Title: The Eight Diagram Pole FighterDirector: Lau Kar-leung
Starring: Gordon Liu, Lily Li, Wong Yue, Alexander Fu, Kara Hui, Yeung Jing-jing, Wang Lung-wei, Chu Tiet-who, Ko Fei, Ching Chu, Lau Kar-Leung
Plot: When his father and brothers are massacred by the Khitan army after they are betrayed by the treacherous General Pun Mei (Lam Hak-ming). Now seeking sanctuary in the monastery in Mount Wutai Yeung Dak (Gordon Liu) soon adapts his spear technique for use with a pole before he is soon called back to face the Khitans when they capture his younger sister.
Review: Another key title from the expansive Shaw Bros. library with this film being released in the final years of the studio before competition from the rival studio “Golden Harvest” forced them to move away from films and into TV instead. Director Lau Kar-leung though would be responsible for directing many of the studios most memorable titles including the “36th Chamber of Shaolin” trilogy aswell as the likes of “My Young Auntie” and “Heroes of the East”. Kar-Leung while certainly a noteworthy director not only for the Shaw Bros. but the Martial arts genre on a whole Kar-leung was also one of the main choreographers for the Shaw Bros. aswell as for director Chang Cheh on the likes of “The One-Armed Swordsman”.
Collaborating again with Gordon Liu here the relationship between with Kar-leung and Liu is probably one of the more overlooked director / actor pairings which is only the more surprising when you consider that they clocked up a whopping 18 collaborations together with this film unquestionably being yet another noteworthy addition to the list. The film plot wise of course is nothing too different than we have seen countless times before as we open to Yeung Dak alongside his father and brothers showcasing their impressive spear skills before being overwhelmed by the Khitans who have a special staff to counter their spear use. From here though it’s the usual develop winning fighting technique in this case the titular “Eight Diagram Pole Fighting Technique” before heading off to get his revenge on General Pun Mei.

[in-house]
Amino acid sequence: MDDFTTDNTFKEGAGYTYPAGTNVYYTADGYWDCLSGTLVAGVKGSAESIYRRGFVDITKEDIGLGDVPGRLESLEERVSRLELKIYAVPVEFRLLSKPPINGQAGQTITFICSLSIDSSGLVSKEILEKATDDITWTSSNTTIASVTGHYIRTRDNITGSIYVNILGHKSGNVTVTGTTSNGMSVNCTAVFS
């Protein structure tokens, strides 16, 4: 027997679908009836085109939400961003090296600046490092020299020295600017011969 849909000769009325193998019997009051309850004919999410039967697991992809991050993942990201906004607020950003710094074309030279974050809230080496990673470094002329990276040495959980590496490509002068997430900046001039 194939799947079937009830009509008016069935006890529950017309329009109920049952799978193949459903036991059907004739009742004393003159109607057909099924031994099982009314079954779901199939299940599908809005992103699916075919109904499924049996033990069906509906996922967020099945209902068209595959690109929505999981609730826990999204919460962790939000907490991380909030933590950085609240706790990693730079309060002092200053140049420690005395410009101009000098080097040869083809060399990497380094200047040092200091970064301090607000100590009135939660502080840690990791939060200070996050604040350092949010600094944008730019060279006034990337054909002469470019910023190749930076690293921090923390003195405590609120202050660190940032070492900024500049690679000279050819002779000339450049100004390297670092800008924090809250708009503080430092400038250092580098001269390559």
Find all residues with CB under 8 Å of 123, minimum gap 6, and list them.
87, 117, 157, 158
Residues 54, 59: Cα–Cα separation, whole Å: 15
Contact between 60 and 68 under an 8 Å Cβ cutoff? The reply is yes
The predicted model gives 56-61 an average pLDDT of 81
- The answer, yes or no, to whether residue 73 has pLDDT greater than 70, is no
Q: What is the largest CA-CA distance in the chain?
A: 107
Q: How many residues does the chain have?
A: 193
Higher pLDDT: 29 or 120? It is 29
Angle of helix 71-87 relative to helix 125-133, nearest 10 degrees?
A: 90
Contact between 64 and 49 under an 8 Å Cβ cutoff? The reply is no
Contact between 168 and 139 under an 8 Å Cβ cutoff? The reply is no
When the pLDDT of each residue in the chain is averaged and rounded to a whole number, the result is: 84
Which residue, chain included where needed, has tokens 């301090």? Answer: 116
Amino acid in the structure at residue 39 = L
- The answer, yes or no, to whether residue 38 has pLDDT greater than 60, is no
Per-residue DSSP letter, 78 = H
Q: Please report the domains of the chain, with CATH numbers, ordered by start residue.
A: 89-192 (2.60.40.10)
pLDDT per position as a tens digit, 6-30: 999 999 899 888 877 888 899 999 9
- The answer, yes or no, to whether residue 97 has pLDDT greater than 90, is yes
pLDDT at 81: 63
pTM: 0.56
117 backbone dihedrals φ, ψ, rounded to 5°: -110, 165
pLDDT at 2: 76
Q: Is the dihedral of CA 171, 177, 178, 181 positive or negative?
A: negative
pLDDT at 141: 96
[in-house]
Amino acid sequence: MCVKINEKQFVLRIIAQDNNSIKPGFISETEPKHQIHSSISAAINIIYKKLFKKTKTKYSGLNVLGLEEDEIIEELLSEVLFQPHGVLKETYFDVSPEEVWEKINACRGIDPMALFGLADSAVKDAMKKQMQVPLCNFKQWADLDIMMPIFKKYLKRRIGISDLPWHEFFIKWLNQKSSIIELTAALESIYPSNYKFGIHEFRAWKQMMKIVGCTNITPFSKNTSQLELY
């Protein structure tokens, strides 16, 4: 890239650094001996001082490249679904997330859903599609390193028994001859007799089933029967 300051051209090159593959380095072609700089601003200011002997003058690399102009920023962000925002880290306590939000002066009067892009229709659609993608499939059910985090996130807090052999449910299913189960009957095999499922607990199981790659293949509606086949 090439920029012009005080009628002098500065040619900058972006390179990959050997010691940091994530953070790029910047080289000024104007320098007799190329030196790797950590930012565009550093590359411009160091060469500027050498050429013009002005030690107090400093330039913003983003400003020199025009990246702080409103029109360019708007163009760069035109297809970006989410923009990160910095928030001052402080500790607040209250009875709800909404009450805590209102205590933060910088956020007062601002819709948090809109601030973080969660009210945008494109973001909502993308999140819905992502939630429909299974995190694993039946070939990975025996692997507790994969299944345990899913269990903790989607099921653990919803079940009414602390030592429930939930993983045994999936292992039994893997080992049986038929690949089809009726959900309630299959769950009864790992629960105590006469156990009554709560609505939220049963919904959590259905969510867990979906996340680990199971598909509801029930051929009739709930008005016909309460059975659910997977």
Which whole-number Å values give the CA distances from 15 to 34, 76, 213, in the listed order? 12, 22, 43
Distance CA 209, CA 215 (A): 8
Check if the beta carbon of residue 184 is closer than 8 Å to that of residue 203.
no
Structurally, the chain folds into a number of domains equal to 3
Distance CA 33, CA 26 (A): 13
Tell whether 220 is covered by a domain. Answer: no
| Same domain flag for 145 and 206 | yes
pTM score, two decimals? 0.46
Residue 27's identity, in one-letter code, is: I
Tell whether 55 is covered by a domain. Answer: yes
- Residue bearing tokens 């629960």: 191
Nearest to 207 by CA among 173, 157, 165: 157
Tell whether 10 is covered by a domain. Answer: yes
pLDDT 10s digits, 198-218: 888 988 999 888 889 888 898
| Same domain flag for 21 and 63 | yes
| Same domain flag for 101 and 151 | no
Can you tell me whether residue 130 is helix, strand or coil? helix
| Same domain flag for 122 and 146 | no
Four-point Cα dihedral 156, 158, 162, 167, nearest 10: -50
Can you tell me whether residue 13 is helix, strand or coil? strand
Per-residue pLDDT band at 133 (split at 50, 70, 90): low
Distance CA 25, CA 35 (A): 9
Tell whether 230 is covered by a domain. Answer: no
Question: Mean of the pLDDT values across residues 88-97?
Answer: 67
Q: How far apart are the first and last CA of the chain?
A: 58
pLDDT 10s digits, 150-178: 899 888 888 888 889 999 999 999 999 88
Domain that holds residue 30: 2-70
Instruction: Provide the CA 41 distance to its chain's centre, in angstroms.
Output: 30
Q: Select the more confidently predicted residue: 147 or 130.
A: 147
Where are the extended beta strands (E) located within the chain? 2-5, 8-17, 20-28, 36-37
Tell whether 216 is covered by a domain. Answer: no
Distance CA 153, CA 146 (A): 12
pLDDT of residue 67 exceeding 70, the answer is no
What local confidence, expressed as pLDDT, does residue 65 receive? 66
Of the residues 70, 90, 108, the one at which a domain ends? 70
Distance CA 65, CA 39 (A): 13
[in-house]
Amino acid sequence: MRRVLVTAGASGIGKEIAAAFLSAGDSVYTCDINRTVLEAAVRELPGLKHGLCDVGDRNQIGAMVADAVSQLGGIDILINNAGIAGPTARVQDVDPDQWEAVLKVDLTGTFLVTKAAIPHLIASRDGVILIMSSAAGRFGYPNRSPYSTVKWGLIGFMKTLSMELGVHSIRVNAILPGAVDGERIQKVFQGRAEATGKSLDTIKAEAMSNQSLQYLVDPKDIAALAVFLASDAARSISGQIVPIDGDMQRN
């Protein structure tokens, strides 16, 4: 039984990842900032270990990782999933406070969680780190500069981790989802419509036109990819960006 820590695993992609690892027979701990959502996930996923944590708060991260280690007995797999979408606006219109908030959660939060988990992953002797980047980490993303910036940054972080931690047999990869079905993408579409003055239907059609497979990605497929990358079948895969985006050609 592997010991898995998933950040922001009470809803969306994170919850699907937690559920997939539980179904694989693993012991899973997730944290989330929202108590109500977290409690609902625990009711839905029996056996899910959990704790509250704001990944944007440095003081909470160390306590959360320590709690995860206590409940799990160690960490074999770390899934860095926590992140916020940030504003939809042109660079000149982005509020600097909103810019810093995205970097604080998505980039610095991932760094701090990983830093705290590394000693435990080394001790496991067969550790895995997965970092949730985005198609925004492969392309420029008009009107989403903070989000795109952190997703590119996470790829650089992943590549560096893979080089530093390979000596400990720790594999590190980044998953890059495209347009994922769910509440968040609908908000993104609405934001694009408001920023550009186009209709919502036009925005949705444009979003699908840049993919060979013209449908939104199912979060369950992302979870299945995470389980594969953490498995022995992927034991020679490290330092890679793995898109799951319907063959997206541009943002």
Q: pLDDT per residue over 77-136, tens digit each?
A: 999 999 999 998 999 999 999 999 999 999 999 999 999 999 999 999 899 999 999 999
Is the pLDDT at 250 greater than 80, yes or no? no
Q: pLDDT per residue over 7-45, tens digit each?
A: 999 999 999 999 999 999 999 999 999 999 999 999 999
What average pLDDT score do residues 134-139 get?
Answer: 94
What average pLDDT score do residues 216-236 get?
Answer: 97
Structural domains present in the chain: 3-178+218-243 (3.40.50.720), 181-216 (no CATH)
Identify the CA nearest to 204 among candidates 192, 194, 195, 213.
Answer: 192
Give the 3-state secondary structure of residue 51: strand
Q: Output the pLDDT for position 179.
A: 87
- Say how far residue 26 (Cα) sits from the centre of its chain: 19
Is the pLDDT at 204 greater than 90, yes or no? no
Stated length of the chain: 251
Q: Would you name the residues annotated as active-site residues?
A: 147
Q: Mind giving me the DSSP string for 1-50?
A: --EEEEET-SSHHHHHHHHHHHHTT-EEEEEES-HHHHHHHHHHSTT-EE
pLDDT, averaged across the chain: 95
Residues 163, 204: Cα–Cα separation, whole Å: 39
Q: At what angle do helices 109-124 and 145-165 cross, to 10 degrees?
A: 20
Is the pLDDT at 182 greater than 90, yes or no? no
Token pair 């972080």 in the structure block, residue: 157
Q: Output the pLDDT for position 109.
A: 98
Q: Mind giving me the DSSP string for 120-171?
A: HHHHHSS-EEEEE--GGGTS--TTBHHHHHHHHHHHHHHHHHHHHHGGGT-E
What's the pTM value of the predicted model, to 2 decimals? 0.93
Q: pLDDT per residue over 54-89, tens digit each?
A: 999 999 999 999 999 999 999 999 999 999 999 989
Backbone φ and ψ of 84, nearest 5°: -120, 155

However despite going through some familiar moves the fight scenes we get here are the real draw as Kar-leung crafts some truly draw dropping scenes with the monks of the film showcasing a defensive pole fighting style based around de-fanging wolves which they practice on a wolf statue. It’s a skill which comes in especially handy at the finale as we get a showdown between the Khitans lead by the general and Yeung Dek with his newly found monk brothers who put aside their non-violent ways to help him as the style they practice proves to be equally efficient against human foes in one of the more bloody finales as numerous henchmen find themselves toothless. While the fight scenes here might be less numerous than in other films in the Shaw Bros. Catalogue, Kar-leung limits himself to a mere 3 fight scenes, he makes them so memorable and integral to the plot itself that here less really is more while the flying headbutt in the finale is something to behold.
The journey however is really were the strength of the film lies as we see Yeung Dak go from a hot headed youngster to eventually finding his peace and heading off into the wild seemingly to continue the teachings he learns at the monastery than return to his violent ways. What only adds to this journey is the fact that he is initially turned away from the Monastery leading him in a memorable scene to suddenly shave his head with a blade and burn holes into his skull with incense sticks. Even after this act of self-mutilation they feel he is still too full of anger to become a monk leaving him to develop the titular fighting style off in a cave as he remains determined that he can get accepted by the monks.
An easy film to watch and well deserving of its status as one of the best titles in the Shaw Bros. back catalogue even if it did come during the dying days of their film productions this film at the same time equally provides a gentle introduction to those curious about the genre or the Shaw Bros. legacy.